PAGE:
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I Why are pollutant emissions measured in g/km?

  1. May 25, 2017 #1
    When we read about how much carbon dioxide (or any other air pollutant) an internal combustion engine in a certain vehicle produces, the measure unit employed is grams per kilometre, it is, mass per unit of distance. However, in my understanding, it would make much more sense to measure emissions in grams per second or per minute, it is, to use mass flow rate units. One of the reasons is that I believe it is much easier to set an emissions target and to measure it if the unit chosen is in mass per unit of time.

    Correct me if I'm wrong, but stating how much CO2 an engine produces per kilometre does not make any sense at all, because we don't know how the gas production rate has variated. It seems more intuitive and useful to know how much pollutant gas is produced per unit of time, considering some additional parameters such as engine rpm or gasoline octane rating.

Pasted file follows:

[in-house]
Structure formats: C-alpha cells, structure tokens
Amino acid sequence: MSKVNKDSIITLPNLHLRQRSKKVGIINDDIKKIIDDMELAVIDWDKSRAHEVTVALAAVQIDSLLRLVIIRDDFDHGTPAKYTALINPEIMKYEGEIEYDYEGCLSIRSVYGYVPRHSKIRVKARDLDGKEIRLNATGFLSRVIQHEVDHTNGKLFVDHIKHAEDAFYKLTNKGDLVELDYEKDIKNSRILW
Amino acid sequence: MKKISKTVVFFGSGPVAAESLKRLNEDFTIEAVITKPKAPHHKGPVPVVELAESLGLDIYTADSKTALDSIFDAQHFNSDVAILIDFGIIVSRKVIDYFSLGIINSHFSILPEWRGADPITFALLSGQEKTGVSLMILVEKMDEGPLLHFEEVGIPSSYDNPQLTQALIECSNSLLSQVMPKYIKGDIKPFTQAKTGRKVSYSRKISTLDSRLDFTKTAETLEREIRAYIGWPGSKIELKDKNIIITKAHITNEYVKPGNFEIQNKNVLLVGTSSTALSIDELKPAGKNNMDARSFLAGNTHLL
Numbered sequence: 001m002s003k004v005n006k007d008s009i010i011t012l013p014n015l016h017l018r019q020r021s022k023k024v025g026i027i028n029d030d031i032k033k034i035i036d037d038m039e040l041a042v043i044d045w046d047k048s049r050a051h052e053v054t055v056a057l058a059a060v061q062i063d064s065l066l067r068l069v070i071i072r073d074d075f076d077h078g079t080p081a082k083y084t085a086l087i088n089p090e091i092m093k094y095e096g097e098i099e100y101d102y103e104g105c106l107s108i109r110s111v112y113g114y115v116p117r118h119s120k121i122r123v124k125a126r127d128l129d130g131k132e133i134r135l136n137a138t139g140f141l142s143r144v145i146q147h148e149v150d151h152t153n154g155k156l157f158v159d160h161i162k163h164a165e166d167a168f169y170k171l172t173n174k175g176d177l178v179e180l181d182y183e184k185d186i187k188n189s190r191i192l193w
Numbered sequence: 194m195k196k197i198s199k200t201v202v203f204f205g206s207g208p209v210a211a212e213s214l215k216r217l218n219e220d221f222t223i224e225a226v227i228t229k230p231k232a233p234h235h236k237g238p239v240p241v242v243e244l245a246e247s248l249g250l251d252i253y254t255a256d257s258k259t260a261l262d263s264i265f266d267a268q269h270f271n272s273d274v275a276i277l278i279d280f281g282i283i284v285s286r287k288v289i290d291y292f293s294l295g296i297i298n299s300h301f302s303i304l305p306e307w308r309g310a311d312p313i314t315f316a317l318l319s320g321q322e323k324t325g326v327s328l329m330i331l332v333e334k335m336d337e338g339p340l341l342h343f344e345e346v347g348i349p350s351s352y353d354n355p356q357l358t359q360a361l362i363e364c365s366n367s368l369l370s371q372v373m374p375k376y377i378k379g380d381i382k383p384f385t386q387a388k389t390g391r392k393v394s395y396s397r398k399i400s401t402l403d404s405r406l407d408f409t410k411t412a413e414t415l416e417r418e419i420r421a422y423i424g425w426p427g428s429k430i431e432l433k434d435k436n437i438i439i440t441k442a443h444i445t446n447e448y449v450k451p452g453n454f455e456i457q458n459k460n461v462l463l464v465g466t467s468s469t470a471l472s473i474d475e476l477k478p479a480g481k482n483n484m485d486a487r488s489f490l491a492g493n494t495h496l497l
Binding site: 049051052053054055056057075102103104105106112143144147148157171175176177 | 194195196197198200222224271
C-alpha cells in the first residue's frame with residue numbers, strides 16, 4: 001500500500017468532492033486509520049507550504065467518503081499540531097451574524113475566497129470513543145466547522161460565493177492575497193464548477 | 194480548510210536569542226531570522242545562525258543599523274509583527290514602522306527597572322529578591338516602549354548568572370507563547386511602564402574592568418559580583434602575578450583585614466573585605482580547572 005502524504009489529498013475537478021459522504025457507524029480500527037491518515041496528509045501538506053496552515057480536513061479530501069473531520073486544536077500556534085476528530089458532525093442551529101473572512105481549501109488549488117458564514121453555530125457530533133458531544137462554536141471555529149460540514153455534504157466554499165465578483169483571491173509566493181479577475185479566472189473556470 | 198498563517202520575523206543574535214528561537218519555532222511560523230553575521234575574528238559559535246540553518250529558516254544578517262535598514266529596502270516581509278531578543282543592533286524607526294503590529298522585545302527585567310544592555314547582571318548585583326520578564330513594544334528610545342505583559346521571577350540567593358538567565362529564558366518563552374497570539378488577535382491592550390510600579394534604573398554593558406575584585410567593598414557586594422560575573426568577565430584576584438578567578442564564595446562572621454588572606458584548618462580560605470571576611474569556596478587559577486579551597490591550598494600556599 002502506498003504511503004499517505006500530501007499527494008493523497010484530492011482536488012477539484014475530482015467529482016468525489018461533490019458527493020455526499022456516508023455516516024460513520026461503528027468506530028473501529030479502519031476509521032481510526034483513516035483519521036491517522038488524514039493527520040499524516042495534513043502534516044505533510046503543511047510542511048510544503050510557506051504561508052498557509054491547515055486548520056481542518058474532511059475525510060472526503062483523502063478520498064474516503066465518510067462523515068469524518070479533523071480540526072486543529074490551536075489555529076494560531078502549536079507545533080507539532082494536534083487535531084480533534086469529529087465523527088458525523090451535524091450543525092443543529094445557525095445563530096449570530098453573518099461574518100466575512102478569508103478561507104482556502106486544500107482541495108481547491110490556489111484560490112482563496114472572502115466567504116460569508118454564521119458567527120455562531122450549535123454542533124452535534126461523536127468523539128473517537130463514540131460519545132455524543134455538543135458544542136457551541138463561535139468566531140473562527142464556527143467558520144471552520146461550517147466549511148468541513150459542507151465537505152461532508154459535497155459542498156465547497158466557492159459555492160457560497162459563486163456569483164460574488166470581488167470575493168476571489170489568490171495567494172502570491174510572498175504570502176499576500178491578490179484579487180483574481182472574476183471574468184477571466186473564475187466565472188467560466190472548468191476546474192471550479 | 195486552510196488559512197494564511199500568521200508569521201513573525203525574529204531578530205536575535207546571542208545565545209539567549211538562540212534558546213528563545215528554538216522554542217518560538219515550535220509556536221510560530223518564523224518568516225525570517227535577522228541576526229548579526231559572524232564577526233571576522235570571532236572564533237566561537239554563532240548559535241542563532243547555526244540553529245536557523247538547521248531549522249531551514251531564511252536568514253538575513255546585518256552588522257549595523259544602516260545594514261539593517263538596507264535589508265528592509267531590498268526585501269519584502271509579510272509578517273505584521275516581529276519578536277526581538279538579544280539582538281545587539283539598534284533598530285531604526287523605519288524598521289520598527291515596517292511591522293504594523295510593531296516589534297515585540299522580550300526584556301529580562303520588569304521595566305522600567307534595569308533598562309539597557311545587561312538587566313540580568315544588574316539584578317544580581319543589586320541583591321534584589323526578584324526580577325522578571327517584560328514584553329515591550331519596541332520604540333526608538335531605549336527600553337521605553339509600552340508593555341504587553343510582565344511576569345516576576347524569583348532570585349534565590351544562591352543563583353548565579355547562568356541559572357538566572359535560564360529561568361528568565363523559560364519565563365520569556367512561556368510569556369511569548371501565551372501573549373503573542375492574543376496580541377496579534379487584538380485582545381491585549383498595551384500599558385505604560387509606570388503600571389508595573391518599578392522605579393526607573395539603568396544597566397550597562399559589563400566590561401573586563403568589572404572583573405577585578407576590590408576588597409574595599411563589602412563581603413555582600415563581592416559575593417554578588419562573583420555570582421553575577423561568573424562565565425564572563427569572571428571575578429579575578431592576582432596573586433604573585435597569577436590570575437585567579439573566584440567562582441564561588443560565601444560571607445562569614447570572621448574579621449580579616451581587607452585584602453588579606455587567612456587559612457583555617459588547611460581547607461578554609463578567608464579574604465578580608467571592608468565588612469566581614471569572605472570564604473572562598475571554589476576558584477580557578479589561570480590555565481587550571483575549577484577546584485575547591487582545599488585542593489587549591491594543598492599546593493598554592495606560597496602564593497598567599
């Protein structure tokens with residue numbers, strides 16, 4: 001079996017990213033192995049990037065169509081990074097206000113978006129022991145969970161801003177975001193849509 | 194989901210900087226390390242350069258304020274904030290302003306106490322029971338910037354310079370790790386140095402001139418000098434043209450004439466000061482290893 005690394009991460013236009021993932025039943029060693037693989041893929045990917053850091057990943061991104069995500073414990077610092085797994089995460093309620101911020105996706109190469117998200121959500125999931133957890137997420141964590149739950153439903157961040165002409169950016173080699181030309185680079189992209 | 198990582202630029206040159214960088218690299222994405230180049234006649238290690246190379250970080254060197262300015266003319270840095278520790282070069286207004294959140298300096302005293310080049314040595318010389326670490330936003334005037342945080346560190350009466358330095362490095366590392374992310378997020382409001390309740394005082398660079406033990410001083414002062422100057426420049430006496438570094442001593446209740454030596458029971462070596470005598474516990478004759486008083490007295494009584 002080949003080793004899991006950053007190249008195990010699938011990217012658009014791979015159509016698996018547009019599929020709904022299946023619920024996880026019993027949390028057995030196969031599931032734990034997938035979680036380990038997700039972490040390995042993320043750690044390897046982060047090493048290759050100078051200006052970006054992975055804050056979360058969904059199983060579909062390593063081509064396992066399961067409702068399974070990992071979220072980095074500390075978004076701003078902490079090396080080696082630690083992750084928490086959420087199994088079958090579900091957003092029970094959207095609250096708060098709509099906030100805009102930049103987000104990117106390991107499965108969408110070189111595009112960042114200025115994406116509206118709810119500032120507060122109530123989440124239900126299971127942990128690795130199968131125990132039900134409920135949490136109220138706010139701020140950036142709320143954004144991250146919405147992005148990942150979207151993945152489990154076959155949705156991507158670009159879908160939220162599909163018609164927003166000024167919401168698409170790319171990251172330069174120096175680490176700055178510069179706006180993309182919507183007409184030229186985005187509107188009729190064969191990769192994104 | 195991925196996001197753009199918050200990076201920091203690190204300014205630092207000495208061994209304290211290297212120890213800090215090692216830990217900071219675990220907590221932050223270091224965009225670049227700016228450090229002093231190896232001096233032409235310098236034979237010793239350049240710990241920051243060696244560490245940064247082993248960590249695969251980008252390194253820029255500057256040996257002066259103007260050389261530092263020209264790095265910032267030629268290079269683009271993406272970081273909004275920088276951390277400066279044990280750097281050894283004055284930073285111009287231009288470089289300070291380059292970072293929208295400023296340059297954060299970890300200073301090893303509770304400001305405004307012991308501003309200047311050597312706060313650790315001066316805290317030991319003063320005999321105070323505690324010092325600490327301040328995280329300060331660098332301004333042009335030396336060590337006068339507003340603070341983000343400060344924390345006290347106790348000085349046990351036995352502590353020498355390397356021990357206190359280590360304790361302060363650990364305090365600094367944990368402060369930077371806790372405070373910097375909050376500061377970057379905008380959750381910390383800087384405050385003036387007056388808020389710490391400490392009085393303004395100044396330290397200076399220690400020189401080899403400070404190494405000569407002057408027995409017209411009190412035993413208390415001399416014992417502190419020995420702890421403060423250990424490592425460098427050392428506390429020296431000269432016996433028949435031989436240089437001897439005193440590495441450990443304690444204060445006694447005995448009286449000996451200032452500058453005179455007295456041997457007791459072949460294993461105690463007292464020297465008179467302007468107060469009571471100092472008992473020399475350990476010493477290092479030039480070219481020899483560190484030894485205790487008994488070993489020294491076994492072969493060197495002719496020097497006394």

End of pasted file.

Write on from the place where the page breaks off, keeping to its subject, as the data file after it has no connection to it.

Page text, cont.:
Do vehicle manufacturers and regulatory agencies stating emissions in units mass/distance for simplification? I I mean, does it make easier for consumers to compare emissions between different models?
  2. jcsd
  3. May 25, 2017 #2


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    Since the normal purpose of a vehicle to transport someone from one location to another, then emissions and efficiency are rated versus distance instead of versus time.

    In the USA and some other countries, pollution versus unit time is also taken into account, such as a car idling while stopped at an intersection.
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